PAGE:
Dodt, H. U. et al. Ultramicroscopy: three-dimensional visualization of neuronal networks in the whole mouse brain. Nat. Methods 4, 331–336 (2007).

    CAS  Article  Google Scholar 

  37. 37.

    Kuwajima, T. et al. ClearT: a detergent- and solvent-free clearing method for neuronal and non-neuronal tissue. Development 140, 1364–1368 (2013).

    CAS  Article  Google Scholar 

  38. 38.

    Ke, M. T., Fujimoto, S. & Imai, T. SeeDB: a simple and morphology-preserving optical clearing agent for neuronal circuit reconstruction. Nat. Neurosci. 16, 1154–1161 (2013).

    CAS  Article  Google Scholar 

  39. 39.

    Ke, M. T. et al. Super-resolution mapping of neuronal circuitry with an index-optimized clearing agent. Cell Rep. 14, 2718–2732 (2016).

    CAS  Article  Google Scholar 

  40. 40.

    Pan, C. et al. Shrinkage-mediated imaging of entire organs and organisms using uDISCO. Nat. Methods 13, 859–867 (2016).

    CAS  Article  Google Scholar 

  41. 41.

    Murakami, T. C. et al. A three-dimensional single-cell-resolution whole-brain atlas using CUBIC-X expansion microscopy and tissue clearing. Nat. Neurosci. 21, 625–637 (2018).

    CAS  Article  Google Scholar 

  42. 42.

    Tainaka, K. et al. Chemical landscape for tissue clearing based on hydrophilic reagents. Cell Rep. 24, 2196–2210 (2018).

    CAS  Article  Google Scholar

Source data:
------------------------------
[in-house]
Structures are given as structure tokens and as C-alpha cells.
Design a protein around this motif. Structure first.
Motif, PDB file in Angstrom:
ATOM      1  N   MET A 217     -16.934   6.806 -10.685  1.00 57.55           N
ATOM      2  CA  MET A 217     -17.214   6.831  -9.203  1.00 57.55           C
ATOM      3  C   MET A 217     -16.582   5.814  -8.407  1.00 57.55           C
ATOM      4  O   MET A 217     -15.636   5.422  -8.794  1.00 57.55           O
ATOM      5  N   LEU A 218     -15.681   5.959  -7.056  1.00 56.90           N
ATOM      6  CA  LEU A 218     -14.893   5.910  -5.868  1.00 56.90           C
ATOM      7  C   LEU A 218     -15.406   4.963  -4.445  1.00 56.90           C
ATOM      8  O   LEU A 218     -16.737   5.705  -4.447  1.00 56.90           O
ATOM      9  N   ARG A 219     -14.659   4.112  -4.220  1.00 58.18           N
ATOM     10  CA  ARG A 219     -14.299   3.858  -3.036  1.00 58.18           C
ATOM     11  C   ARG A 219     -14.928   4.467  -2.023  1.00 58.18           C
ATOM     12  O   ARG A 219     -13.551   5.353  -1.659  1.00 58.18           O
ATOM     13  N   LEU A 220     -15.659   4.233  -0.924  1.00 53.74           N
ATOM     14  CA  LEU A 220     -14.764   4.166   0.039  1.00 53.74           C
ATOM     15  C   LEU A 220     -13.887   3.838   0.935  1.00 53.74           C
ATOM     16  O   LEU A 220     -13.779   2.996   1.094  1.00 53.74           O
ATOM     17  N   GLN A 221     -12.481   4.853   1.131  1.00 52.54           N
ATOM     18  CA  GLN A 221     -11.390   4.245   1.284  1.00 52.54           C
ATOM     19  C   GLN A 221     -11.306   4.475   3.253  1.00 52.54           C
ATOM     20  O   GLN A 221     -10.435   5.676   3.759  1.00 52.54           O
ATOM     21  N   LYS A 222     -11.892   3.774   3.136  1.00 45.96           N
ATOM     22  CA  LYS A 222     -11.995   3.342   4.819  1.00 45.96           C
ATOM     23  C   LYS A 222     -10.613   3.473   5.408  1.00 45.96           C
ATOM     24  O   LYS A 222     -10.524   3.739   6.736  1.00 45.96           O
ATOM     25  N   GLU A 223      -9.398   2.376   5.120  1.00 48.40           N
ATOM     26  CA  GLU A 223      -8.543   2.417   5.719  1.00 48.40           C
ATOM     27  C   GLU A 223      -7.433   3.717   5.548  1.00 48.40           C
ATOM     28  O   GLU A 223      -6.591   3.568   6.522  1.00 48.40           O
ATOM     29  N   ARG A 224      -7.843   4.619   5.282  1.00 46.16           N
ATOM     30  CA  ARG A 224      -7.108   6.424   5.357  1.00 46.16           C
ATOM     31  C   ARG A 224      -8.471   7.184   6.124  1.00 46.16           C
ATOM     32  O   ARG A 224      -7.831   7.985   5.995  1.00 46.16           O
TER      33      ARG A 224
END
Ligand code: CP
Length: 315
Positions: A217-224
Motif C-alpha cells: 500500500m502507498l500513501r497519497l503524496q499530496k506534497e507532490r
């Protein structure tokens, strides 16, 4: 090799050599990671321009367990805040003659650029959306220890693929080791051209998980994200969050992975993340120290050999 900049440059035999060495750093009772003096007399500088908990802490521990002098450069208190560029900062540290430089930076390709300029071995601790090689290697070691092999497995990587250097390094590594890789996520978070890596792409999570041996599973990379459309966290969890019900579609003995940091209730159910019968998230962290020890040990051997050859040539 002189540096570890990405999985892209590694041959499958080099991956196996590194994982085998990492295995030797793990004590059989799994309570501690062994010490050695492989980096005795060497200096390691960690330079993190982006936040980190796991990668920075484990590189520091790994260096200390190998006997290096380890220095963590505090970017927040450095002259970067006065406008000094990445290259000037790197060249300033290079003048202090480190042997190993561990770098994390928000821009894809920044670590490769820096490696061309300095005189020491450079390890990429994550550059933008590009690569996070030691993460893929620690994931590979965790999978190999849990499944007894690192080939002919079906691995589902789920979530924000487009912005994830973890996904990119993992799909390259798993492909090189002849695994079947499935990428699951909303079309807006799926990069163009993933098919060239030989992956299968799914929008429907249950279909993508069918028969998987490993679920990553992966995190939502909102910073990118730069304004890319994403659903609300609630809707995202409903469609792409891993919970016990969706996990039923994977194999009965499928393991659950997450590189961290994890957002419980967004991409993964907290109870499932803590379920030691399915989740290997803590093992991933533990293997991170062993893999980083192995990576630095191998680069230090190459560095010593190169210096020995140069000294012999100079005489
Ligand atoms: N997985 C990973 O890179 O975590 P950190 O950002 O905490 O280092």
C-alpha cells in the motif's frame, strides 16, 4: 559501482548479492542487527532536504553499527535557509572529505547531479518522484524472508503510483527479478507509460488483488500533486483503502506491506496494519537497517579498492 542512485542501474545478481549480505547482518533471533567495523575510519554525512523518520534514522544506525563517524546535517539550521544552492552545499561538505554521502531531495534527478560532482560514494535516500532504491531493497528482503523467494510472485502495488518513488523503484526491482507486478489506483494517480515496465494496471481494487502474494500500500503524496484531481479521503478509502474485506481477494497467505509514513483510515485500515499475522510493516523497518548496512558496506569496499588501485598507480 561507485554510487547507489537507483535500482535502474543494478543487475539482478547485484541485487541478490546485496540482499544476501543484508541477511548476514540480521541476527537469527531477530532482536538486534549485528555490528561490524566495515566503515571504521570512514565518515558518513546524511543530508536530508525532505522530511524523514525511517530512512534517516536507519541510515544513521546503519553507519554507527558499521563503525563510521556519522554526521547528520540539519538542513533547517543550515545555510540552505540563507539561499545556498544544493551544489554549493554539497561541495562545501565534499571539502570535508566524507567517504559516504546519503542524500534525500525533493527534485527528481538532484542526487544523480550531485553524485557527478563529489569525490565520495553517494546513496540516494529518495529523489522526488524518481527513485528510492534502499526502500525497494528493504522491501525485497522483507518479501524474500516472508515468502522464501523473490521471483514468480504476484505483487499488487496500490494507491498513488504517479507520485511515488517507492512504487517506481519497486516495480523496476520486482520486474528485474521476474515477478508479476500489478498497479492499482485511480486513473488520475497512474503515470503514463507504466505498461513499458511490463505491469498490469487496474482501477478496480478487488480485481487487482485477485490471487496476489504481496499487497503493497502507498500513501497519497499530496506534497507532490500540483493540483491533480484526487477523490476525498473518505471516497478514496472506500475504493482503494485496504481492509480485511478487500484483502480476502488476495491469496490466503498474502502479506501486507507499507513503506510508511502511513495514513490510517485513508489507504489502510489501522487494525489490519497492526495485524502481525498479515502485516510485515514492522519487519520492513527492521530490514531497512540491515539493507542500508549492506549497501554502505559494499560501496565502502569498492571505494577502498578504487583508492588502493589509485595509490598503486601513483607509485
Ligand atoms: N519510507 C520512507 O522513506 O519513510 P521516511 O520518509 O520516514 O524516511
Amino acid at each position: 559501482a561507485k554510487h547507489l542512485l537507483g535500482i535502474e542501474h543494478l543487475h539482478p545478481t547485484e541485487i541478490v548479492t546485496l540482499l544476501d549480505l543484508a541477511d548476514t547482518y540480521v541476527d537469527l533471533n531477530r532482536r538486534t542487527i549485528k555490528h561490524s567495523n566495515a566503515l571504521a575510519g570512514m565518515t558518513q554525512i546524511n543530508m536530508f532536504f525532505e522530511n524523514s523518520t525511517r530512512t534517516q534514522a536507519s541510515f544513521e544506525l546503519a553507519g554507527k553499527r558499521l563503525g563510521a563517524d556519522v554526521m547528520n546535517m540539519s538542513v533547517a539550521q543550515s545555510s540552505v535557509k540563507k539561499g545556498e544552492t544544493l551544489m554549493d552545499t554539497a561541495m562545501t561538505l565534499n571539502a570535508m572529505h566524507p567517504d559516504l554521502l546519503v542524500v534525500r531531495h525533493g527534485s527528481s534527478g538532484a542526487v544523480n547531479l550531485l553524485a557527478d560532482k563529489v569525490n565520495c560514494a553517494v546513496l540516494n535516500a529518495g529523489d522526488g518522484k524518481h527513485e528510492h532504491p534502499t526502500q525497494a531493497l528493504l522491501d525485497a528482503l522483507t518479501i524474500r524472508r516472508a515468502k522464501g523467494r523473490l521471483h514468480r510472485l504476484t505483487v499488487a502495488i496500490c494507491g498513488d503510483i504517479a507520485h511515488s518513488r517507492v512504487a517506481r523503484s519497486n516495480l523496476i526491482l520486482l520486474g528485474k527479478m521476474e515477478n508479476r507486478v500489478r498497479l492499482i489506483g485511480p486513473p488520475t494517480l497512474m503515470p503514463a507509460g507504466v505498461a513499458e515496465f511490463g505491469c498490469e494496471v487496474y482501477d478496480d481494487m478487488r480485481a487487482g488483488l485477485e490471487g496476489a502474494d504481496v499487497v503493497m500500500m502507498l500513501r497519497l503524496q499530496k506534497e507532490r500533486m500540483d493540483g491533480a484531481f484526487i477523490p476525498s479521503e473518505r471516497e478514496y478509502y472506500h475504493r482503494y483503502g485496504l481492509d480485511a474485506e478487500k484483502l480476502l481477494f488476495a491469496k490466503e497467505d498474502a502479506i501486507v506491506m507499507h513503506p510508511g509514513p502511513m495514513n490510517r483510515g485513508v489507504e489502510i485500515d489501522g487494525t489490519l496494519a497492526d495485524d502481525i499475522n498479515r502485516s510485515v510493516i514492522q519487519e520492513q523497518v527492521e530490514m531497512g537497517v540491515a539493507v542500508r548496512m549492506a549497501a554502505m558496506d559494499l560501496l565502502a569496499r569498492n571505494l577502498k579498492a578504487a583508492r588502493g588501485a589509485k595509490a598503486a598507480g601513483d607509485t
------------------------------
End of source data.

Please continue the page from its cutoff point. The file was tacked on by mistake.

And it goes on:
43. 43.

    Kubota, S. I. et al. Whole-body profiling of cancer metastasis with single-cell resolution. Cell Rep. 20, 236–250 (2017).

    CAS  Article  Google Scholar 

  44. 44.

    Li, W., Germain, R. N. & Gerner, M. Y. Multiplex, quantitative cellular analysis in large tissue volumes with clearing-enhanced 3D microscopy (Ce3D). Proc. Natl. Acad. Sci. USA 114, E7321–E7330 (2017).

    CAS  Article  Google Scholar 

  45. 45.

    Wang, F. et al. RNAscope: a novel in situ RNA analysis platform for formalin-fixed, paraffin-embedded tissues. J. Mol. Diagn. 14, 22–29 (2012).

    CAS  Article  Google Scholar 

  46. 46.

    Katoh, K. Microwave-assisted tissue preparation for rapid fixation, decalcification, antigen retrieval, cryosectioning, and immunostaining. Int. J. Cell Biol. 2016, 7076910 (2016).

    Article  Google Scholar 

  47. 47.

    Beghein, E. & Gettemans, J. Nanobody technology: a versatile toolkit for microscopic imaging, protein-protein interaction analysis, and protein function exploration. Front. Immunol. 8, 771 (2017).

    Article  Google Scholar